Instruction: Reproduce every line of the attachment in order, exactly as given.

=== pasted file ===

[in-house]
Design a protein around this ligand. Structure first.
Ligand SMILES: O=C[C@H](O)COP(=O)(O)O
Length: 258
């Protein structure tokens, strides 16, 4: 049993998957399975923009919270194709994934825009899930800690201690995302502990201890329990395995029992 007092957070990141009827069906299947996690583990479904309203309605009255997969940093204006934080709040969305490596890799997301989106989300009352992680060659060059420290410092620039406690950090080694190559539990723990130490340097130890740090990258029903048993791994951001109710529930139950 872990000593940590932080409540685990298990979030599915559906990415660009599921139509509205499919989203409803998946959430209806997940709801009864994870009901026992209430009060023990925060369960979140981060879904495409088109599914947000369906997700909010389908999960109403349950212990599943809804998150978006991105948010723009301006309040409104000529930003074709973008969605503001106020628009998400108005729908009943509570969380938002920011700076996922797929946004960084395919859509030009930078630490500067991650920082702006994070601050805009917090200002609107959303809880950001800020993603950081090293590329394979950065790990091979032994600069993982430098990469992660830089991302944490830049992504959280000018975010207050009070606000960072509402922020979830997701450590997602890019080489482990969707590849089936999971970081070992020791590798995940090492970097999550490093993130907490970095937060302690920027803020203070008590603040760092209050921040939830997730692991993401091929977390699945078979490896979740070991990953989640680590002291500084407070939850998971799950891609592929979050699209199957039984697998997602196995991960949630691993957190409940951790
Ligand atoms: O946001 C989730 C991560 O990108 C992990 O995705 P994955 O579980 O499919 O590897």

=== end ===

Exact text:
[in-house]
Design a protein around this ligand. Structure first.
Ligand SMILES: O=C[C@H](O)COP(=O)(O)O
Length: 258
């Protein structure tokens, strides 16, 4: 049993998957399975923009919270194709994934825009899930800690201690995302502990201890329990395995029992 007092957070990141009827069906299947996690583990479904309203309605009255997969940093204006934080709040969305490596890799997301989106989300009352992680060659060059420290410092620039406690950090080694190559539990723990130490340097130890740090990258029903048993791994951001109710529930139950 872990000593940590932080409540685990298990979030599915559906990415660009599921139509509205499919989203409803998946959430209806997940709801009864994870009901026992209430009060023990925060369960979140981060879904495409088109599914947000369906997700909010389908999960109403349950212990599943809804998150978006991105948010723009301006309040409104000529930003074709973008969605503001106020628009998400108005729908009943509570969380938002920011700076996922797929946004960084395919859509030009930078630490500067991650920082702006994070601050805009917090200002609107959303809880950001800020993603950081090293590329394979950065790990091979032994600069993982430098990469992660830089991302944490830049992504959280000018975010207050009070606000960072509402922020979830997701450590997602890019080489482990969707590849089936999971970081070992020791590798995940090492970097999550490093993130907490970095937060302690920027803020203070008590603040760092209050921040939830997730692991993401091929977390699945078979490896979740070991990953989640680590002291500084407070939850998971799950891609592929979050699209199957039984697998997602196995991960949630691993957190409940951790
Ligand atoms: O946001 C989730 C991560 O990108 C992990 O995705 P994955 O579980 O499919 O590897």